No one would have thought as they arrived at A & R Studios in New York City on that Monday evening in 1963 that they were about to give jazz such an amazing boost in popularity. Stan Getz along with pianist Antonio Carlos Jobim, Tommy Williams on bass, drummer Milton Banana (he was born Antônio de Souza), guitarist Joao Gilberto accompanied by his wife Astrud Gilberto were there to make what Getz thought of as the another record to capitalise on the success of Jazz Samba. The previous month Getz had recorded with guitarist Luiz Bonfa the album that would be called Jazz Samba Encore.
From the cover painting by Olga Albizu, admittedly from Puerto Rico, to the soft samba sounds, to the subject of the songs – Corcovado and Ipanema are in Rio de Janeiro – Getz/Gilberto oozes Brazil from every groove.
Released a year later it made No.2 on the Billboard charts and went on to spend close to two years on the best seller list. In 1965 it won the Grammy for Best Album of the Year across all musical genres, the first time a jazz album was so rewarded, and has subsequently continued to be one of the half dozen best selling jazz albums of all time. Aside from all that it proves conclusively that jazz can be commercial and artistically satisfying.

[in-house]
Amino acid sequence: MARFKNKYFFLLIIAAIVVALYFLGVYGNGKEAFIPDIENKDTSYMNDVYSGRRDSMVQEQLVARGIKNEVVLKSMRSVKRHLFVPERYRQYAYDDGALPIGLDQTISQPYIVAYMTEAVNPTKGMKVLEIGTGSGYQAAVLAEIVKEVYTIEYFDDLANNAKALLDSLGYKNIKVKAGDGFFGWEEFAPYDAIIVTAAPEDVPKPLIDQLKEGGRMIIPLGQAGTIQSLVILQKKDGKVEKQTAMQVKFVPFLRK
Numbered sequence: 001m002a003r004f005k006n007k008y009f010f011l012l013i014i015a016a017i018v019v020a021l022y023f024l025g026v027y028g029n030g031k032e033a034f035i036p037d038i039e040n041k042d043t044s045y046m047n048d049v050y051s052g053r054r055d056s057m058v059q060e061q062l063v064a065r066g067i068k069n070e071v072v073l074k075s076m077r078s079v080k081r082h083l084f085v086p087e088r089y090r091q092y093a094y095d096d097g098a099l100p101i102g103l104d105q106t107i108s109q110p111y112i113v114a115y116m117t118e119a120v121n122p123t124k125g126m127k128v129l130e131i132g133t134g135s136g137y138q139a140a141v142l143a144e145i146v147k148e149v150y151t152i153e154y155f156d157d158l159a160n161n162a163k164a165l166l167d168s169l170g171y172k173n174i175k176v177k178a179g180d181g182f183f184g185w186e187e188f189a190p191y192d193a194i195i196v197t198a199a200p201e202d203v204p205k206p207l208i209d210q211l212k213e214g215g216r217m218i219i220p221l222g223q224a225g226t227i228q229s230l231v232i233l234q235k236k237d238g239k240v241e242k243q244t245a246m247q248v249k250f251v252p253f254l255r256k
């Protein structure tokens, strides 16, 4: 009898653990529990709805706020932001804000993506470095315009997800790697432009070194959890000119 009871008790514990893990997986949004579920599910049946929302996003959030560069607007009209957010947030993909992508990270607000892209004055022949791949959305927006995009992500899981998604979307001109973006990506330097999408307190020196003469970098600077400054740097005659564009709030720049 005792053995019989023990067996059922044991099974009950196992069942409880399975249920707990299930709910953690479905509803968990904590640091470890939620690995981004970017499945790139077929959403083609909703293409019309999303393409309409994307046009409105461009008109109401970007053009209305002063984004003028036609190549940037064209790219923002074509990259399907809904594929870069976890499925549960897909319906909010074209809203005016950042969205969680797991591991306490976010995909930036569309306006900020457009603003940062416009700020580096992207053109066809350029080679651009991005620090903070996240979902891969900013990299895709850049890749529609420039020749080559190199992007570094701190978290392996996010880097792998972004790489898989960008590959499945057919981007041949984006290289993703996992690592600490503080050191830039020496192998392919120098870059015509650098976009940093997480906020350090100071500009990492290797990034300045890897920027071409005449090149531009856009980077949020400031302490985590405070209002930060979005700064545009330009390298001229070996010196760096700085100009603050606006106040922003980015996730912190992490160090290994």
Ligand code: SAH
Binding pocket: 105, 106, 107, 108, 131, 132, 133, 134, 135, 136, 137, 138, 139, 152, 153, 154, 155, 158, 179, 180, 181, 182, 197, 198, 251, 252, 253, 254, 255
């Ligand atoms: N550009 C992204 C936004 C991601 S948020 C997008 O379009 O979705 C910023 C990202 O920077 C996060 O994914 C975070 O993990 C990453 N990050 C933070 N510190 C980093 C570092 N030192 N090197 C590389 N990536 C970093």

Everything that could possible be said about this album has already been said, but… It was an after thought in the studio to get Astrud to sing in English on the two tracks as it was felt it needed some tracks that could get radio airplay. Norman Gimbel who subsequently wrote English lyrics to many classic Brazilian songs wrote the lyrics to ‘The Girl From Ipanema’. He also wrote the lyrics to ‘Sway’ the Mambo classic that was a hit for Dean Martin and much later the words to Roberta Flack’s ‘Killing Me Softly With His Song’. Astrud’s beautiful vocal on ‘The Girl From Ipanema’ helped propel it into best seller charts around the world, including No.5 in the USA where it also won a Grammy as Song of the Year.
The musicians were back in the studio the following day to finish off the album. When Billboard reviewed the LP in April 1964 they simply said, “The sensuous tenor sax of Stan Getz combines with the soft edged voice of Brazil’s famous Joaõ Gilberto in a program of lovely Brazilian music.” So possibly no one expected it to do as well as it did.